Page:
Our daily lives in the modern world have evolved consumerist patterns — a lot of gadgetry has gathered around cooking and keeping fit, holidaying and walking, leisure time and cleaning and gardening; every different area of activity seems to have a kit to go with it. And people do derive a lot of interest and fun from using their hiking gear and their golf stuff, their fishing things and their food mixers. Only yesterday, I bought a milk-frothing jug, because I love frothy coffee. Was it a sensible purchase or just one more damn thing? At this point, I find it hard to tell; but I'll re-home it if it isn't regularly and enthusiastically used. I do buy things, but I don't often keep them.
Of course there's still a question mark over the things I do keep and enjoy. That milk-frothing jug — if I factor in the industrial process and the ecological impact and the approach to life it represents, is it still worth it? Even though I feel pleased to have it, I have to acknowledge that no, it's probably not worth all that. But if I consider returning it to the shop, I know I don't want to. It is this attitude, repeated over and over and multiplied into many different areas of life, that creates a consumer society and a ruined Earth. But I can feel my inner self clinging fiercely to that jug like Gollum, insisting that I wants it.
Sometimes, perhaps, it's better to allow the child inside oneself to be exactly that, and have the toy and let it go in due course.
We do have some machines we use constantly. We have an electric kettle (we also have a stovetop one, we use both) in our house, and a soup whizzer, and a smoothie maker for our kale shakes. Those things have such frequent use that, over the years, we have burnt out several electric kettles, smoothie makers and soup whizzers. Where are they now? At our landfill site, things to be thrown away are separated for recycling, and there's a bin for small electrical goods where we've put our kitchen gadgets with burned out motors. But what happens to them then? I suppose some components can be re-used, but others just get added to the trash mountain.
I don't even know what I think about this, at this point. My adventure into minimalism, even though it's been rolling for some years, has got as far as keeping down my stash of personal possessions and clothing, sharing living space and household equipment, giving away or selling anything surplus to requirements, and doing my best to live simply and frugally — but I have never thought about fasting from all gadgetry until this moment. It's never occurred to me that I might choose to have soup with lumps like stew, and just have steamed kale not kale shakes, and only use the stovetop kettle even though it takes so much longer, and say I can have frothy coffee only as a special treat when I go out to a café. Actually — correction — I did think of that last one but rejected the idea before it got legs and ran.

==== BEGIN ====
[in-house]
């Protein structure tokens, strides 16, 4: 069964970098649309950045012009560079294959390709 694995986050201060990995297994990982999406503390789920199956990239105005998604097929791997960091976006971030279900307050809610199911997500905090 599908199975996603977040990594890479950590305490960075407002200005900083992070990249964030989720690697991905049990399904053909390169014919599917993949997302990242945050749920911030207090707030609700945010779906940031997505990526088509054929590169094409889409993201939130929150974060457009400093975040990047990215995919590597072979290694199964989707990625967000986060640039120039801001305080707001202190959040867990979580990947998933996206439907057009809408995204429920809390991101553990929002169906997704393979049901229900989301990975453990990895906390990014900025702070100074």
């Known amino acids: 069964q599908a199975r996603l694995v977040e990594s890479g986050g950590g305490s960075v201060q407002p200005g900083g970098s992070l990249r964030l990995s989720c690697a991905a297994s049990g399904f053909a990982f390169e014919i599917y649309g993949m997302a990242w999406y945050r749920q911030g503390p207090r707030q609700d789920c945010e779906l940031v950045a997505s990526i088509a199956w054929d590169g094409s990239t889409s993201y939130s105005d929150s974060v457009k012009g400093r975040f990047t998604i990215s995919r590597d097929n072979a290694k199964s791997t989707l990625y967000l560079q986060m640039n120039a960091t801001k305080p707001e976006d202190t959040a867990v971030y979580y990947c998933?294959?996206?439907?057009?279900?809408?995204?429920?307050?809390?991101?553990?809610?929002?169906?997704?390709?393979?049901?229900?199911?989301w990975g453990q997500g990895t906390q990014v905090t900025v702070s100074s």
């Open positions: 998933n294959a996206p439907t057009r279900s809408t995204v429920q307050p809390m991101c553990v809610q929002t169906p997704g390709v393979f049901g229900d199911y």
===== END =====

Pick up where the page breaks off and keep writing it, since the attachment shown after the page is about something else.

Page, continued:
Yes, I think I could imagine a future where I might walk deeper and deeper into minimalism and gradually let all these things go. I think it would be good for me. It would have joy inside it. I'm not there yet, though. And at least, in our shared house, if one person has a soup whizzer it means that four people do (five at times). We'd all have to live somewhere. If Tony and I didn't live with Hebe and Alice, we'd in reality likely have two separate dwellings rather than three, or four — but that would immediately double some machinery, though not all. We already have two televisions because we sort of have two households within one house. We each have our own computer. We have a second freezer as an overflow (for harvest times and Christmas), in use as a kitchen counter and storage place for accumulating hospitality food the rest of the time. We have two vacuum cleaners because Alice and Hebe much prefer using one and Tony much prefers using the other. I use either of them, but both as little as possible because the sound of vacuum cleaners does my head in. But we'd be running two boilers (UK — furnace, US) and two cookers (US friends, that's what we cook our food in and on; I think you have a different term), two irons and ironing boards — we'd have to duplicate several things but some we already do.
It seems to me, in thinking aloud about it here, that we in our household have been able to limit/minimise quite a bit by sharing and making conscious choices and moving on anything we no longer use regularly — but that our life does still bear the hallmarks of unthinking consumerism, and at least I (since it's my own pilgrim path, not something to be imposed on others) would do well to think hard about further simplifying in the whole area of gadgetry.
After all, if I really lived simply — if I lived in a shed or a cave or a rented room, I wouldn't be able to have all these things, would I? There wouldn't be the space to put them or anywhere to plug them in.
Sometimes I muddle up imagined lives with my actual life — it's how I try on my thoughts — so I have to remind myself I don't in fact live in a cave or a shed. I mean, this is how I came to own a sleeping bag (one of my items to be moved on at some point this year); by forgetting that I don't in fact live in such a way as to need one.
Anyway, as agreed with myself, I made sure to swap out one comparable object when I brought the milk-frother home; but I still need to move on two of the regular things.
I specially enjoy it when I can match an item to go with someone who would really enjoy to have it, and that was the case with today's things, which are —
a beautiful pair of Swarovski earrings in a lovely colour called Bermuda blue —
— and a very nice cashmere cardigan in a deep pine green.
Both, in their way, very beautiful, and happily received.